The Bristol Volunteer Fire Department

The Bristol Volunteer Fire Department was founded in 1952. The earliest recollection seems to be of a discussion held January 7, 1952, during a Men’s Club meeting at the Congregational Church. It was then suggested that a fire protection district be formed and various forms of fire warnings; such as ringing church bells or horn blowing was suggested.

The thing that really motivated the formation of the Department was a dreadful fire, earlier that year, that destroyed John Shenk’s garage on Route 64. The garage was located three buildings north of the then Methodist Church in Bristol Center.

The East Bloomfield-Holcomb Fire Department held the contract for most of the Town of Bristol and answered the call, and with the use of chemicals was able to save an adjacent house. Water arrived by tanker from Canandaigua but was too late to save the garage.

This created even more interest in fire protection. In a meeting at Church, February 4, 1952, the "Bristol Bucket Brigade" was formed. Officers were elected at that time:

President:Burton Legg

Vice President:Kenneth Morse

Secretary-Treasurer:Clarence Granata

Chief:Hillary Meehan

Assistant Chief:John Shenk

Assistant Chief:James Thompson

Interest was so great that the first membership list shows 79 who paid to become either an active fireman or honorary member. They adopted the name, Bristol Valley Fire Department. Because interest spread throughout the town, the name was quickly changed to Bristol Volunteer Fire Department. Dues were $5 a year, as they remain today, and meetings were held at the Town Hall in Bristol Center.

The organization was made much easier by the able assistance of Stuart French, a long time member of the Richmond Fire Department in Honeoye. He was Assistant Mutual Aid Fire Coordinator for Ontario County and most valuable counselor during the early years.

Later in the spring of 1952, Mendon Fire Company gave the Department their Peerless Squad Car. With the help of Bud Sauer of Mendon, a tank, pump, and hose were installed.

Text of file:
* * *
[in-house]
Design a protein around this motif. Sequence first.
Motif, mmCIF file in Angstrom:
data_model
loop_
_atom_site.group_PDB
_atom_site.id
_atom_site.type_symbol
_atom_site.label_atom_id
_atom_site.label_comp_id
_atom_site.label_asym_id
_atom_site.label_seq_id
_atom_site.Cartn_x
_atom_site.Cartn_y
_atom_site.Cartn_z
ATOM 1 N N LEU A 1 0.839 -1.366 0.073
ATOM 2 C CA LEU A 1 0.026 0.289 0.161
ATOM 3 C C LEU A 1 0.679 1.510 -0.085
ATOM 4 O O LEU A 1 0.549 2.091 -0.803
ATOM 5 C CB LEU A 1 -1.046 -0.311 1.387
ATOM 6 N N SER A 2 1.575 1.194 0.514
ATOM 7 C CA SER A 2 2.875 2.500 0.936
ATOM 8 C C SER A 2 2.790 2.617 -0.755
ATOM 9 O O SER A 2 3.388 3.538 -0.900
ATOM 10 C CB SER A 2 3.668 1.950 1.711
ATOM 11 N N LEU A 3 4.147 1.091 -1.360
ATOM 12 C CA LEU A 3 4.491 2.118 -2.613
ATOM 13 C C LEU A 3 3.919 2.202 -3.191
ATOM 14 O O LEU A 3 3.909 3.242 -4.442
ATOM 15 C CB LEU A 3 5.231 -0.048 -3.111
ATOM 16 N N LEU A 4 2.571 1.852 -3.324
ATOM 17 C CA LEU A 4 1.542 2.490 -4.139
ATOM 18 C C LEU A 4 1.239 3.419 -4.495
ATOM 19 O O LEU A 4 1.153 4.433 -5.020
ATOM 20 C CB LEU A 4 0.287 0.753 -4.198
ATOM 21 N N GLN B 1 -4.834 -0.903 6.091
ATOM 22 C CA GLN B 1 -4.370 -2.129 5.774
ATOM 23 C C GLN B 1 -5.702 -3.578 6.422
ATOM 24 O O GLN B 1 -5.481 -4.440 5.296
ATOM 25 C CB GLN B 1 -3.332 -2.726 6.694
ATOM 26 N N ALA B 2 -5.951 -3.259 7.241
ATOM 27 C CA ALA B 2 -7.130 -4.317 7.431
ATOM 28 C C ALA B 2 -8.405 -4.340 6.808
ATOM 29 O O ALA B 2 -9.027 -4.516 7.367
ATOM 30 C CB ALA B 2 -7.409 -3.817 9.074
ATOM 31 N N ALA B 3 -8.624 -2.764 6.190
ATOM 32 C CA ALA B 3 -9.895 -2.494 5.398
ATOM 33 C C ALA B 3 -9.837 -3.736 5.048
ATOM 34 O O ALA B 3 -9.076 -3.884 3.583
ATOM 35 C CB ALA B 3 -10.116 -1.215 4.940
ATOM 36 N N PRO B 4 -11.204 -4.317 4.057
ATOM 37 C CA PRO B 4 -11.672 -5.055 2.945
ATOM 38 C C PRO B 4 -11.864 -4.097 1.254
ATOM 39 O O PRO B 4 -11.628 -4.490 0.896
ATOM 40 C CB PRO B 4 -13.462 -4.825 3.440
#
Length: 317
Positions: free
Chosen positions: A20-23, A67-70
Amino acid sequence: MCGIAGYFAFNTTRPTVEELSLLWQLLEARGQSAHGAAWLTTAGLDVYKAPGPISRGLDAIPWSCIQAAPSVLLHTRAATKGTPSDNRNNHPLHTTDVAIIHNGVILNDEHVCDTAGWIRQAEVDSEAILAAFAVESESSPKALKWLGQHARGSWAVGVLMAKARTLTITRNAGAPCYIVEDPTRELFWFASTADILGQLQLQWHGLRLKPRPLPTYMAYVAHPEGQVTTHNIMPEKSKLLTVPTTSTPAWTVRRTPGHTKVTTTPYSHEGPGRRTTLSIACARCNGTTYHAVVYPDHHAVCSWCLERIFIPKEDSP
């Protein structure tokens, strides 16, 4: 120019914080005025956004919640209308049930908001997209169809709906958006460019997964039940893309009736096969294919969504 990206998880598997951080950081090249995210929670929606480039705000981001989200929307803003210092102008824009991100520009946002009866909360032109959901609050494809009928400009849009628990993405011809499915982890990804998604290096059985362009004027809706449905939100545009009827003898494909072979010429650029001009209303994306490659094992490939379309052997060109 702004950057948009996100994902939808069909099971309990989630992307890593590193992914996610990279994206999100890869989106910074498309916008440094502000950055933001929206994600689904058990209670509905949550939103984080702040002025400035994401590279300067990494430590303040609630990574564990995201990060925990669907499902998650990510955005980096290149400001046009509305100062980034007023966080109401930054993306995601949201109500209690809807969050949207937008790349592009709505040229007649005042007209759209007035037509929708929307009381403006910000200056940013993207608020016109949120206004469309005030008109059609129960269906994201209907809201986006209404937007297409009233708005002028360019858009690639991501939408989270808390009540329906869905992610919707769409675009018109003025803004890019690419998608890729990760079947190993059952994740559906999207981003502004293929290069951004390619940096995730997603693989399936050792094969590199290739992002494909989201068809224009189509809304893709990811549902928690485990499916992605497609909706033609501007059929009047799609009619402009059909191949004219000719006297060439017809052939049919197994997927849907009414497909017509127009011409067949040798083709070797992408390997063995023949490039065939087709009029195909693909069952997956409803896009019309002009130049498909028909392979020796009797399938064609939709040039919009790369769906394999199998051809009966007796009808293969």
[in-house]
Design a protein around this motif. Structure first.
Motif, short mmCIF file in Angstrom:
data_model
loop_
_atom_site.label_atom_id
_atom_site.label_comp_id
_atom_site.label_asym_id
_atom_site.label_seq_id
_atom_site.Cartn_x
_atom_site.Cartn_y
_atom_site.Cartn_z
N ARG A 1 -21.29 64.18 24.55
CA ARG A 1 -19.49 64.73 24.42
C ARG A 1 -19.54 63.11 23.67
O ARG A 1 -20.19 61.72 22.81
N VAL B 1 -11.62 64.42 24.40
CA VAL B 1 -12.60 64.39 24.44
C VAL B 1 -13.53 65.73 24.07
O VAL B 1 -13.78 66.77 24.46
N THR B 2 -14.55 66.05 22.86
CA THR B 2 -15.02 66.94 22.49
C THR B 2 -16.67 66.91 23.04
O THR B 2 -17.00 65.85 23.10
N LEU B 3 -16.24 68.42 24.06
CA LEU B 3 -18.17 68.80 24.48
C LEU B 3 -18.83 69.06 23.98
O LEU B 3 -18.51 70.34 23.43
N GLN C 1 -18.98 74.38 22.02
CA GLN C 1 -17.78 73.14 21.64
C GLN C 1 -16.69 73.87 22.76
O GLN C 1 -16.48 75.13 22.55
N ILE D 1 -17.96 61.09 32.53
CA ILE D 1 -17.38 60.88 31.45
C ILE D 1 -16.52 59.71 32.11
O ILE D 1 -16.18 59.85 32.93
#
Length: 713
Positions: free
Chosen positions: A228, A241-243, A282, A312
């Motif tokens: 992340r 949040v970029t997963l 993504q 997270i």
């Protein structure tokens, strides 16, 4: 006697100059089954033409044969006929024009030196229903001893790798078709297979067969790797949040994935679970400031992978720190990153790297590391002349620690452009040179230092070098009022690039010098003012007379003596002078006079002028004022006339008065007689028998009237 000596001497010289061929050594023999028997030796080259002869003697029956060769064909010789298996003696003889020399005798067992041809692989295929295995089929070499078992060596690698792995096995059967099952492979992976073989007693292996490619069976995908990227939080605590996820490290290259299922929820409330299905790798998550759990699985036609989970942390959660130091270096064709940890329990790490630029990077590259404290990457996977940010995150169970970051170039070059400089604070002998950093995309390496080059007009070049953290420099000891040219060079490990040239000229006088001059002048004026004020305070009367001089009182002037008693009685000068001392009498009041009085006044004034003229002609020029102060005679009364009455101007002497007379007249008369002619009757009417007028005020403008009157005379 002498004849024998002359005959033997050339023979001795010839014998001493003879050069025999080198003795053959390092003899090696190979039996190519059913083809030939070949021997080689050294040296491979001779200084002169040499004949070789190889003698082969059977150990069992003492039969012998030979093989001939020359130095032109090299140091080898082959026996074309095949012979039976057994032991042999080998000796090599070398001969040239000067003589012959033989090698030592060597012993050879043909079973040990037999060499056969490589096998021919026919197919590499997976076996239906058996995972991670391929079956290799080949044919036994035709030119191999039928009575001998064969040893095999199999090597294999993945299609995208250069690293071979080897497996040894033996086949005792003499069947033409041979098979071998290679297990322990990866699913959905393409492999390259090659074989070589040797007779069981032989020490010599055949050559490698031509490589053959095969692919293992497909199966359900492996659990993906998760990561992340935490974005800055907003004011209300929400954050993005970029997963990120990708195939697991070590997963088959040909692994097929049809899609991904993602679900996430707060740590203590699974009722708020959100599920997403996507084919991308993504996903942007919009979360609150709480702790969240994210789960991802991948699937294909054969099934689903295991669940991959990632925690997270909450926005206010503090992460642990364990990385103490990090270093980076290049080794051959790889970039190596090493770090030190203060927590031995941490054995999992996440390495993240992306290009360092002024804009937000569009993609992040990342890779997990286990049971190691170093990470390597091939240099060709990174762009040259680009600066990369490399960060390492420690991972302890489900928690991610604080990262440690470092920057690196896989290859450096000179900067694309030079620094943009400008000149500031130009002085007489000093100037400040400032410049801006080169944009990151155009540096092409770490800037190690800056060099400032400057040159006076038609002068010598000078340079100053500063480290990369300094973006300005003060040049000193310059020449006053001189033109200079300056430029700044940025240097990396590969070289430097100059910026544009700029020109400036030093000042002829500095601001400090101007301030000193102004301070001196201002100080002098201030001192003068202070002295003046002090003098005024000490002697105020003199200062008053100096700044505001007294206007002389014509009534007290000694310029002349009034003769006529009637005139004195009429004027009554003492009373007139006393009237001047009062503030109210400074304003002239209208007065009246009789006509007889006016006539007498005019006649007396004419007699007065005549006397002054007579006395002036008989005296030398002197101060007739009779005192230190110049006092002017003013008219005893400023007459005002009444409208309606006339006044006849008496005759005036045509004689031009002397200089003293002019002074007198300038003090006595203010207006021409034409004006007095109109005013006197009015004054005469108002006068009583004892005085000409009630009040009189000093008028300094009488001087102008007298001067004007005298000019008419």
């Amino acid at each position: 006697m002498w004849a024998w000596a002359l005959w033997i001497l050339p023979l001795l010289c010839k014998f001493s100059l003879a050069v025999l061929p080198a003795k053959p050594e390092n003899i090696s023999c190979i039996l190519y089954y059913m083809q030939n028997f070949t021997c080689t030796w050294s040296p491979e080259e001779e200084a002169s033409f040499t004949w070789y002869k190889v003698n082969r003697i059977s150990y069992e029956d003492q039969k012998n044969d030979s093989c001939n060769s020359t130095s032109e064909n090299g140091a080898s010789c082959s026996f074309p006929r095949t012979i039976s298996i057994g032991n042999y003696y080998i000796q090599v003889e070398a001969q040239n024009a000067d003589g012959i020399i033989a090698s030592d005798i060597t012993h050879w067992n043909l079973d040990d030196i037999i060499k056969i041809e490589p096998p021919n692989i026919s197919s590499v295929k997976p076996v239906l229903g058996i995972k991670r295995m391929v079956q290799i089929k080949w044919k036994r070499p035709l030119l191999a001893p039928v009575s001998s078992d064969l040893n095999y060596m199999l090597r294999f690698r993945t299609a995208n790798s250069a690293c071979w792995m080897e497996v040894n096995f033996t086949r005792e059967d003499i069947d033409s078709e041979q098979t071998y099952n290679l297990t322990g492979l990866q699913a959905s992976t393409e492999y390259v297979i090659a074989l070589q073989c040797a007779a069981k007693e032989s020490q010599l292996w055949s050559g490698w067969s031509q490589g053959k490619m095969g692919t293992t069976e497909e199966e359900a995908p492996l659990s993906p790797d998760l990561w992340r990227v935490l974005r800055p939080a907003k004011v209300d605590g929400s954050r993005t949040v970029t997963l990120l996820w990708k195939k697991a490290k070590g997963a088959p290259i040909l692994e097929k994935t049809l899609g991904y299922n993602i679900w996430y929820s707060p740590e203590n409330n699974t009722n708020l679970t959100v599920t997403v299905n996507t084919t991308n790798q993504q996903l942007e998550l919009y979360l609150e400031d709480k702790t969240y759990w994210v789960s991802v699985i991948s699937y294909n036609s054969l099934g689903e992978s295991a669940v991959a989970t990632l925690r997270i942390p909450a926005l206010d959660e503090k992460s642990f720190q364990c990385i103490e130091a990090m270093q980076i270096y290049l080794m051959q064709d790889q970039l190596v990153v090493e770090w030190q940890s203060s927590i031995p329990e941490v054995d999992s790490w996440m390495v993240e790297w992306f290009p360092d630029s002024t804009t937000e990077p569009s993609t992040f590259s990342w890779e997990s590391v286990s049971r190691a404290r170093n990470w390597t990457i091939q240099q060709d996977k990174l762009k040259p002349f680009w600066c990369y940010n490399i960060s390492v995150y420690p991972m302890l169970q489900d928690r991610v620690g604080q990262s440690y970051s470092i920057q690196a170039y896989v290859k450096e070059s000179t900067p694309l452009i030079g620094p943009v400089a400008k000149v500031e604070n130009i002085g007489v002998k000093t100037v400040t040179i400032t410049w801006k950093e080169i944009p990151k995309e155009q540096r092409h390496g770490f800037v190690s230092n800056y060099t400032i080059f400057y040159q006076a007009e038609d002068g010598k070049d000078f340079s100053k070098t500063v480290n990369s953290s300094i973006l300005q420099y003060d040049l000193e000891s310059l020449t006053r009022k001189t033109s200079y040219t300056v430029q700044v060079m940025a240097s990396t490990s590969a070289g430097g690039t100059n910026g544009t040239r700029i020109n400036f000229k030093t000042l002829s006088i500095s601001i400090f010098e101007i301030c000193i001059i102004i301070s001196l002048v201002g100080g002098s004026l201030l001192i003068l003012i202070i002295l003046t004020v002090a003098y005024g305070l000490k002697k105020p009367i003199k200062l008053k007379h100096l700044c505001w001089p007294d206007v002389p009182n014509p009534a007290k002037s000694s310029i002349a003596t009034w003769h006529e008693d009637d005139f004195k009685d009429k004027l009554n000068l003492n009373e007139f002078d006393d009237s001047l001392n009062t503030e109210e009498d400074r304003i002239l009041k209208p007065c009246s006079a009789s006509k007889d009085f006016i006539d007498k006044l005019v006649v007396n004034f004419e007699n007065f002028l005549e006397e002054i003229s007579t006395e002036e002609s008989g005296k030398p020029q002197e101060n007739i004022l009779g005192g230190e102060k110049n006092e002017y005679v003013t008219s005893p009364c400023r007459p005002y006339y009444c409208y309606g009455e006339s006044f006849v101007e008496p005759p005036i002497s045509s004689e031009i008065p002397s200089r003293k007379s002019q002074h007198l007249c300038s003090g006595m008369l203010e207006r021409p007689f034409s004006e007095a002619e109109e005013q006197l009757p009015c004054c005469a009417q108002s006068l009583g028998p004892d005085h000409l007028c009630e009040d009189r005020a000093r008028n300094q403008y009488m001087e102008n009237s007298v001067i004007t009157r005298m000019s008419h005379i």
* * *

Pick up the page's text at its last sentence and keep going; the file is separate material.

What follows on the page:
The first official fire call was at Mel Wheaton’s Double Diamond Ranch on Route 64, south of Bristol Center. Twenty men responded and the damage was held at $500.

After a few more responses, it was felt justified to apply for a reduction of insurance rates, through the National Board of Underwriter’s. A 20% reduction was granted to all property owners with in a 3-mile radius of Burton Legg’s barn, on property south of the Bristol General Store, where the fire truck was housed.

Ernest Fales donated the lot next to the library in Bristol Center with a 99-year lease for a firehouse. Work was started on the building, which was somewhat larger than a two-car garage.

On September 26, 1952, the first of many Field Days was held, with a net profit of $557.

Another financial boost was $179.50 turned over to the department by 35 men who had gone to the East Side of Honeoye Lake to fight a forest fire. They were paid 50 cents an hour and turned it all over to the Bristol Valley Fire Department.

In October 1952, the Charter for the company was received from New York State. The first officers of the new corporation were the same as previously mentioned.

The purchase of a 1929 Sanford Pumper for $500 from the Village of Fair Haven, New York was in November 1952.

In June 1953, the members met with the Town Board to seek some of the $850 in money paid to Canandaigua, East Bloomfield, and Richmond for fire protection. They were granted $500 with the full amount paid the following year.